What Are Trade Books in Publishing?
Trade Publishing refers to the business of publishing books for a general audience, and encompasses most of what the consumer thinks of when thinking about "book publishing."
"Trade books" are the ones most people think of when they think of books and publishing. They are what's stocked in most common brick-and-mortar retail bookstores, the "best-sellers" on online booksellers, and the volumes found in public lending libraries.
Some examples of trade books are:
- romance novels
- history books
- children's books
Trade books are, of course, available through online booksellers such as bn.com and amazon.com, which also carry non-trade books.
Examples of Trade Publishers
Trade publishers publish trade books. The most well-known trade publishers are the Big Five—Hachette, HarperCollins, Macmillan, Penguin Random House, and Simon & Schuster.
Also, business consolidation means many "name" publishers now house trade-publishing divisions along with other types of publishers. These include Houghton Mifflin Harcourt, where trade books represent 12% of their business, as well as Palgrave Macmillan and more.
So What Is Not a Trade Book?
Sometimes it's easier to understand what is a trade book by looking at what is not a trade book. Examples of books that are not trade books include:
Academic Books and Textbooks: These are written by or with the input of instructors, used for the classroom, and often purchased in bulk for use by entire school systems.
Some books from trade publishers are "adopted" as mandatory reading for certain schoolroom or college subjects. For example, the trade novel Huckleberry Finn is often sold to schools to be read in American literature classes.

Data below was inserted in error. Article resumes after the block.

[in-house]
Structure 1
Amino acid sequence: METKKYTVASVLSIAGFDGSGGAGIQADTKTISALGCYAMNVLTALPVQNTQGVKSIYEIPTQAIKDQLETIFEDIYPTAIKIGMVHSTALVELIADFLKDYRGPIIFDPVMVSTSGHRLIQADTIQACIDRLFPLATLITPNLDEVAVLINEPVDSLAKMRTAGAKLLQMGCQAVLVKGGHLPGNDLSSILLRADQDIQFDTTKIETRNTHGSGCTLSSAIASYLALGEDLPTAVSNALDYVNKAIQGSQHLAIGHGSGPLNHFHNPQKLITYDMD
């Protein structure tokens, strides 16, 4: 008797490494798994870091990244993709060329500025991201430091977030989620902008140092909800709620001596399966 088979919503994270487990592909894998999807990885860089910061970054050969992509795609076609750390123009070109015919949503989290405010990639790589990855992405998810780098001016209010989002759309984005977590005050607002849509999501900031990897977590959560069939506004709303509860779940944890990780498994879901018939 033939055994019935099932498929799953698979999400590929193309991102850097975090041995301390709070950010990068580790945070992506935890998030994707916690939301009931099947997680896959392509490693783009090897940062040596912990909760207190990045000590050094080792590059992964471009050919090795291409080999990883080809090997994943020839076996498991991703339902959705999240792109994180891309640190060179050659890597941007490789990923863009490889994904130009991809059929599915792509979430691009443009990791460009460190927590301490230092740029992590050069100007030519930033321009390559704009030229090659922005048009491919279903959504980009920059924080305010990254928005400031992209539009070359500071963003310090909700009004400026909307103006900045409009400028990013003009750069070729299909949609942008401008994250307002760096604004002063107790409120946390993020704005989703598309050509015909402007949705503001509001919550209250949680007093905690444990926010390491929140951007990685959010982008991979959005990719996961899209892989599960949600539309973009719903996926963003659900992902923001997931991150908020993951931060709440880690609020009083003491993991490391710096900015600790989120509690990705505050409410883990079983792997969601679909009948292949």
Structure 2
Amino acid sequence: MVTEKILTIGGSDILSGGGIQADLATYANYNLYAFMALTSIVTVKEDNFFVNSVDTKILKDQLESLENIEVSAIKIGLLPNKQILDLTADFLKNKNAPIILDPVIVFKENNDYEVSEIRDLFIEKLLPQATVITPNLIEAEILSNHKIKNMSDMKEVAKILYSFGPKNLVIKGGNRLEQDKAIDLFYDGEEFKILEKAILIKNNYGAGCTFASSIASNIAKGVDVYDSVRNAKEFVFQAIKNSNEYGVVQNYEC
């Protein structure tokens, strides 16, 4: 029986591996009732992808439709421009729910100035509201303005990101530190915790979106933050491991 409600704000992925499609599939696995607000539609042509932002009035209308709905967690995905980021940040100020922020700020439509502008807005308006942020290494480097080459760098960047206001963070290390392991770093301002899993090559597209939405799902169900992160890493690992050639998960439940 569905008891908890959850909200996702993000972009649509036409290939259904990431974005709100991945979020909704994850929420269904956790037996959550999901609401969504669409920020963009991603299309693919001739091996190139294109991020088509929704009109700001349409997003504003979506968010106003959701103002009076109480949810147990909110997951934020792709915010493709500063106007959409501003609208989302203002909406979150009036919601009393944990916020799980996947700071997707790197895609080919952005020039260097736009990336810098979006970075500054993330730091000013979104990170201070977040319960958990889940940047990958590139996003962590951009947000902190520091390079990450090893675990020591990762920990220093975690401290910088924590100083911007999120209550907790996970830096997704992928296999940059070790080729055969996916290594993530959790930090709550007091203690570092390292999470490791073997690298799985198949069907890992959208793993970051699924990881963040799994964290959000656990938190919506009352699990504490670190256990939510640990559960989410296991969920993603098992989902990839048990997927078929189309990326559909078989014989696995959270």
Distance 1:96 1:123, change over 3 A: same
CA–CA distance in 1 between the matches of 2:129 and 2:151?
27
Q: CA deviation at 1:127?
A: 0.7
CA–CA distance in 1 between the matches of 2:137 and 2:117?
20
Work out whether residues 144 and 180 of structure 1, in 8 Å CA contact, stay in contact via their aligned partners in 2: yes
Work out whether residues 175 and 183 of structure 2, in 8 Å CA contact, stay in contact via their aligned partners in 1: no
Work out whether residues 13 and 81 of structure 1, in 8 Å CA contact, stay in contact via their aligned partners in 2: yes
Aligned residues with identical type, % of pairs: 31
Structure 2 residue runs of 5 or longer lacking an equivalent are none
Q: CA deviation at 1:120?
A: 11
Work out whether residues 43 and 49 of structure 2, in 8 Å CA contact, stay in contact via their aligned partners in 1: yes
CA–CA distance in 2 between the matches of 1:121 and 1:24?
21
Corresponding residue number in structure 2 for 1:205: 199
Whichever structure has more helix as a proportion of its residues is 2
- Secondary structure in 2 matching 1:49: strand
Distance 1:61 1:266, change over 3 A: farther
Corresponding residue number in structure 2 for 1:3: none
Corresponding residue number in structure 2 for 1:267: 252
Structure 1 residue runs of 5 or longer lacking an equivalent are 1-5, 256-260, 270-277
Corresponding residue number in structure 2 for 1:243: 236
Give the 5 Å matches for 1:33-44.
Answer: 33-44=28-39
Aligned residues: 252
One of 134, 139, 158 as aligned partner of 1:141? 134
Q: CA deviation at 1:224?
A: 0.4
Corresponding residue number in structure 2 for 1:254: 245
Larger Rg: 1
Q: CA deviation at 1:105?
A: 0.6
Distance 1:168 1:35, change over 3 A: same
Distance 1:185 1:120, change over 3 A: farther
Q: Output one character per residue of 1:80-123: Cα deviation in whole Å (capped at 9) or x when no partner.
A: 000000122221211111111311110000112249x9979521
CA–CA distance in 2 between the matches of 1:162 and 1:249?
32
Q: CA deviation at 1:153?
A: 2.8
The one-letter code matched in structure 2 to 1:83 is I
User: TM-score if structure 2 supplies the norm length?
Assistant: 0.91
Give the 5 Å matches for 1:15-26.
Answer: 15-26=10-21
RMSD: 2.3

In these cases, the books are sold by trade publishers through sales reps and channels that cater to these specific school and academic sales channels.
Professional, Technical, and Reference Books: Highly specialized books used by practitioners in fields such as accounting, medicine, psychology, and computer science.
These come from professional publishers that specialize in those areas and can include in-depth books on very niche areas.
For example, the book Architectural Graphic Standards, a professional book published by Wiley, "is the written authority for architects, designers, and building contractors. It provides comprehensive guidance on the visual representation of materials, products, systems, and assemblies."
Because of the small, distinct audiences trade books target—and the cost of authoritative content—professional, technical, and reference books cost substantially more than trade books. For example, Architectural Graphic Standards costs $250 in hardcover.